On episode #320 of the science show This Week in Virology, Vincent speaks with John Coffin about his career studying retroviruses, including working with Howard Temin, endogenous retroviruses, XMRV, chronic fatigue syndrome and prostate cancer, HIV/AIDS, and his interest in growing cranberries.

You can find TWiV #320 at www.microbe.tv/twiv.

TWiV 301: Marine viruses and insect defense

On episode #301 of the science show This Week in Virology, Vincent travels to the International Congress of Virology in Montreal and speaks with Carla Saleh and Curtis Suttle about their work on RNA interference and antiviral defense in fruit flies, and viruses in the sea, the greatest biodiversity on Earth.

You can find TWiV #301 at www.microbe.tv/twiv.

TWiV 293: Virology Down Under

On episode #293 of the science show This Week in VirologyVincent visits Melbourne, Australia and speaks with Melissa, Alex, Gilda, and Paul about their work on HIV infection of the central nervous system, West Nile virus, microbicides for HIV, and the Koala retrovirus.

You can find TWiV #293 at www.microbe.tv/twiv.

TWiV 288: ebircsnart esreveR

On episode #288 of the science show This Week in Virology, the Twivsters discuss how reverse transcriptase encoded in the human genome might produce DNA copies of RNA viruses in infected cells.

You can find TWiV #288 at www.microbe.tv/twiv.

Unexpected viral DNA in RNA virus-infected cells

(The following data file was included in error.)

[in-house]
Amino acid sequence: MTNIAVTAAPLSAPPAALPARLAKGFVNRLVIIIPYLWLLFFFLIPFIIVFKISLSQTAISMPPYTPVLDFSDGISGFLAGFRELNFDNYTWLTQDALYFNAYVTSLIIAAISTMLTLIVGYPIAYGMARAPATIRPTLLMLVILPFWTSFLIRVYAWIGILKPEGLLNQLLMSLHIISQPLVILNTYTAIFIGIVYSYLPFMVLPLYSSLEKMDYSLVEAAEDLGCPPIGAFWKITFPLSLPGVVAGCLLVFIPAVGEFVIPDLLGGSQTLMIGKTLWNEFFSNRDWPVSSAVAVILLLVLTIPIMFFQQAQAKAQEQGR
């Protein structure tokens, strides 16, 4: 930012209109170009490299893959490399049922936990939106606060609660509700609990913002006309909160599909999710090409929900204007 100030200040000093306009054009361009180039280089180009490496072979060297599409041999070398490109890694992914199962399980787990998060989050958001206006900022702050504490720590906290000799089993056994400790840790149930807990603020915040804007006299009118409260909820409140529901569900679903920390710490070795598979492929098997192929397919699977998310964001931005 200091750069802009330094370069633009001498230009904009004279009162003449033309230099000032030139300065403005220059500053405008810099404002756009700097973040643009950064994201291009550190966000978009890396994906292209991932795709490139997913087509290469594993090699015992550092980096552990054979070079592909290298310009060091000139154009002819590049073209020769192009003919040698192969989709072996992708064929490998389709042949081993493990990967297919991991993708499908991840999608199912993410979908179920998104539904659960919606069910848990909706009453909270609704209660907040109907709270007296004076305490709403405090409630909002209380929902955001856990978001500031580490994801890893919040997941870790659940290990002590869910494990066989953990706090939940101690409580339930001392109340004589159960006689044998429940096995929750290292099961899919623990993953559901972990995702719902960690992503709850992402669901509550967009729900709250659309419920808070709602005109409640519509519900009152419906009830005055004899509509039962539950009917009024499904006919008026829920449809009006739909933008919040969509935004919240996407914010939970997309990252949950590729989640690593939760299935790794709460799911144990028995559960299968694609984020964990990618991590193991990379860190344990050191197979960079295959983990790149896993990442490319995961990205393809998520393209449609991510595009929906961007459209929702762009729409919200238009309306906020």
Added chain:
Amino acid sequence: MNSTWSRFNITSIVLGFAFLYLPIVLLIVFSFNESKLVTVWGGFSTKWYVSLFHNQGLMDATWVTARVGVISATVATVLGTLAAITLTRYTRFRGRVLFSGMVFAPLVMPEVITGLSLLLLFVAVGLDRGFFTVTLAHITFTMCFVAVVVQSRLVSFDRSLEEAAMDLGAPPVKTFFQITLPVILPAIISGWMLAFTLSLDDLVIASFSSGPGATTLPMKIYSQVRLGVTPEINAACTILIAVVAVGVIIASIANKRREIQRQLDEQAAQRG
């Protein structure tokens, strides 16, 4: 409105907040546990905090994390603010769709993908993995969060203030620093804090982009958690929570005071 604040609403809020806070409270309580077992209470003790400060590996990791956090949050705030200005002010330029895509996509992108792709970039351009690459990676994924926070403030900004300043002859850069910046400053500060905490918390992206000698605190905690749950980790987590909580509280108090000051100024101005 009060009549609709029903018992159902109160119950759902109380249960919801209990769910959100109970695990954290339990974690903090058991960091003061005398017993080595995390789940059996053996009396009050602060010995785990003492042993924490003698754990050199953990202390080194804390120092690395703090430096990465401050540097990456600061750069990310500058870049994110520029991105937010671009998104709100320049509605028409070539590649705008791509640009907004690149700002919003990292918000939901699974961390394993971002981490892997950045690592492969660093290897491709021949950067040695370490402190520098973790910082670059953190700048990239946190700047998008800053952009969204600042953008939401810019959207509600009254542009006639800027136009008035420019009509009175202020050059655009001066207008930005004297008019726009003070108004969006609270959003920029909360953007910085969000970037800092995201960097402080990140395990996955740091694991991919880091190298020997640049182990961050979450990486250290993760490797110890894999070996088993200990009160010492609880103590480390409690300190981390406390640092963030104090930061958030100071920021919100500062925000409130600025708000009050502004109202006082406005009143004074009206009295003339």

vesicular stomatitis virusMany years ago a claim was made that cells infected with respiratory syncytial virus contained infectious DNA copies of the viral genome. When this paper was published, retroviral reverse transcriptase had been discovered, which explained how DNA copies of retroviral RNA genomes were made in infected cells. Although the respiratory syncytial viral genome is RNA, it does not encode a reverse transcriptase, and how a DNA copy of this genome could be made in infected cells was unknown. The observation was initially met with great fanfare, and was suggested to account for why some RNA virus infections persist, and even to explain autoimmune diseases. However the findings were never duplicated, and the authors fell into scientific obscurity. Now it appears that they might not have been entirely wrong.

It is now quite clear that DNA copies of viral RNA are made in infected cells. A DNA copy of lymphocytic choriomeningitis virus (LCMV) RNA has been detected in mouse cells, and this DNA can be integrated into cellular DNA. LCMV DNA was only detected in cells that produce a retrovirus, implicating reverse transcriptase in this process. DNAs of various RNA viruses, including bornaviruses and filoviruses, have been found integrated into the genome of many animals. An explanation for the genesis of these DNA copies is provided by studies of cells infected with vesicular stomatitis virus.

Vesicular stomatitis virus (pictured) is an enveloped virus with a genome of (-) strand RNA. In infected cells the (-) strand RNA is copied by the viral RNA polymerase to form 5 mRNAs which encode the viral proteins. Infection of various human cell lines resulted in the production of DNA complementary to VSV RNA. The DNAs are single stranded and appear to be produced from the viral mRNAs, not the viral genome.